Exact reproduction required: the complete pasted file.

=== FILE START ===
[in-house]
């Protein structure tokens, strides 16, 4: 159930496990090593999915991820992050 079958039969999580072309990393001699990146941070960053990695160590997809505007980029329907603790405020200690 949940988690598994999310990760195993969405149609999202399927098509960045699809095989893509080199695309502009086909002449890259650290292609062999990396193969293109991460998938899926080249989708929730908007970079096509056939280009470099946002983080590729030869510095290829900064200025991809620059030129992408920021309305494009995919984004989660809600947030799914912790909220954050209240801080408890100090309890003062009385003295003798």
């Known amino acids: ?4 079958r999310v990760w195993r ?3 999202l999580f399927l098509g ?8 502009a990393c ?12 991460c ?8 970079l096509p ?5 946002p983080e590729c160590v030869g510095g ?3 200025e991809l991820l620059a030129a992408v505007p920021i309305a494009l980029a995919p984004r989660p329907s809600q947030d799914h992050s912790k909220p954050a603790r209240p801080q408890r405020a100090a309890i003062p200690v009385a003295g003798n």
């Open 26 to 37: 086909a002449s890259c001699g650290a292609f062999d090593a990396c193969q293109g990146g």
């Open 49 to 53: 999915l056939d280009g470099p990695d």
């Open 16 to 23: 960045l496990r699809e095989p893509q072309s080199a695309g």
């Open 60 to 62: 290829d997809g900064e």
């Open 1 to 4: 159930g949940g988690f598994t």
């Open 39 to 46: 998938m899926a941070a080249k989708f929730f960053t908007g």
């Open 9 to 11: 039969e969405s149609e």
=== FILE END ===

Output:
[in-house]
């Protein structure tokens, strides 16, 4: 159930496990090593999915991820992050 079958039969999580072309990393001699990146941070960053990695160590997809505007980029329907603790405020200690 949940988690598994999310990760195993969405149609999202399927098509960045699809095989893509080199695309502009086909002449890259650290292609062999990396193969293109991460998938899926080249989708929730908007970079096509056939280009470099946002983080590729030869510095290829900064200025991809620059030129992408920021309305494009995919984004989660809600947030799914912790909220954050209240801080408890100090309890003062009385003295003798």
């Known amino acids: ?4 079958r999310v990760w195993r ?3 999202l999580f399927l098509g ?8 502009a990393c ?12 991460c ?8 970079l096509p ?5 946002p983080e590729c160590v030869g510095g ?3 200025e991809l991820l620059a030129a992408v505007p920021i309305a494009l980029a995919p984004r989660p329907s809600q947030d799914h992050s912790k909220p954050a603790r209240p801080q408890r405020a100090a309890i003062p200690v009385a003295g003798n």
């Open 26 to 37: 086909a002449s890259c001699g650290a292609f062999d090593a990396c193969q293109g990146g």
């Open 49 to 53: 999915l056939d280009g470099p990695d």
């Open 16 to 23: 960045l496990r699809e095989p893509q072309s080199a695309g």
């Open 60 to 62: 290829d997809g900064e």
């Open 1 to 4: 159930g949940g988690f598994t």
């Open 39 to 46: 998938m899926a941070a080249k989708f929730f960053t908007g």
């Open 9 to 11: 039969e969405s149609e």